Stay-at-Home Order Sparks Baking Bonanza
You could say the governor’s stay-at-home order was the order that launched a thousand batches of bread.
People pulled out cookbooks, stocked up on flour, started up their ovens, and posted the fruits of their labor on social media sites.
One baker posted pictures of her bread from “Blue Ribbon Baking,” the cookbook of Robbinsdale’s most famous baker, Marjorie Johnson. It’s no surprise that Nonna Rosa’s Italian Ristorante owner Tina Suglia posted about her family members making Italian pastries. And after her last batch of peanut butter blossoms, Golden Valley City Council member Gillian Rosenquist declared she was just going to leave her Kitchen-Aid mixer on the counter from now on.
For Amy Fisher from Robbinsdale, baking is a way of coping.
“It helps me feel like I can control one aspect of self-isolation,” said Fisher, who limits her grocery store trips to once every 10 days. “If I have flour, I can make any baked good and not worry about what’s in stock. It also lets me feel like I can leave the bread, tortillas and buns at the store for others with less time.”
Fisher isn’t a novice to the kitchen, but the busyness of life often got in the way of baking a loaf of bread. By working from home, she can take a break to knead dough or preheat the oven as a way of preparing for her family’s meals.
“Baking means I don’t have to plan ahead as much,” explains Fisher. “If we decide to make hamburgers with the ground beef we have in the freezer, I can start buns at lunch and not need to run out just for that one item.”
She’s made several items out of sourdough, like sandwich bread, pretzels and crumpets. Fisher has also made deep dish pizza, muffins, hot dog buns and overnight waffles.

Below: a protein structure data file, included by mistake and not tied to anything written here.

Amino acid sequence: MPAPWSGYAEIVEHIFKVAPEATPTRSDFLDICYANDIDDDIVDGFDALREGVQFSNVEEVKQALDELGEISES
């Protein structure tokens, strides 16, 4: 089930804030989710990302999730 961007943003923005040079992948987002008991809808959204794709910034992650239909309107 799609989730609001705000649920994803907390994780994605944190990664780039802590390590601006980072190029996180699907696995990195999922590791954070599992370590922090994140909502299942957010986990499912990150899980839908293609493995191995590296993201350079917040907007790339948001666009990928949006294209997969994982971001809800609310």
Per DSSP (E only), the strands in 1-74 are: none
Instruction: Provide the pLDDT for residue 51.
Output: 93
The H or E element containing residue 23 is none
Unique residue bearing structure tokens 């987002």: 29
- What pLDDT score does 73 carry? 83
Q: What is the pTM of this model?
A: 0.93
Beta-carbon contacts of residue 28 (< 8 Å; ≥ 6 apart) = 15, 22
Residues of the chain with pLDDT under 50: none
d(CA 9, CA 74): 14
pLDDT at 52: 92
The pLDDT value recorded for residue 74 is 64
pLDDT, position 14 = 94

“I think my family ate 50 percent of the bread from last week, so I’ve slowed down after the initial excitement,” said Fisher.
However, she plans to try to make crackers from her leftover sourdough and maybe make tortillas again for the first time in years.
Taking Family Recipes Global
Kelly Groehler from Robbinsdale has always posted, in her words “an annoying-large number of food photos.” For her, baking is a hobby. It’s how she relaxes. But Groehler noticed something new happening on social media in regards to her hobby a few weeks ago.
“I saw an uptick in requests for recipes a couple of weeks ago, once we all started the physical distancing, including one recipe from halfway around the world by a friend in Thailand for a family recipe,” said Groehler.
So Groehler decided to just post a picture of the card and just invite everyone else to start posting and sharing their recipes in a Facebook group called The Global Family Recipe Box. People post handwritten family recipes like ‘Mom’s Chocolate Mayonnaise Cake’ or ‘Aunt Alyce’s recipe for pecan dip.’
“It’s a way to connect with each other, no matter where we are in the world and celebrate what we have in common—food,” said Groehler. “Having friends from other countries share their own family favorites has been terrific. We made a killer jerk chicken chili last night from a friend with family in Jamaica.”
Groehler added a philanthropic ask too.
“I figured that whether or not people cook, they might want to help others with food access,” said Groehler. “So I added the link to the Global FoodBank Network.”
The link has raised more than $200 so far for the Global Foodbank Network. On the site, you can post, donate, or just scroll.
“As more states and countries move to stronger quarantine measures, two things are inevitable. We’ll all be cooking more at home and the food banks will be fighting to keep up with demand,” said Groehler. “We all deserve access to food.”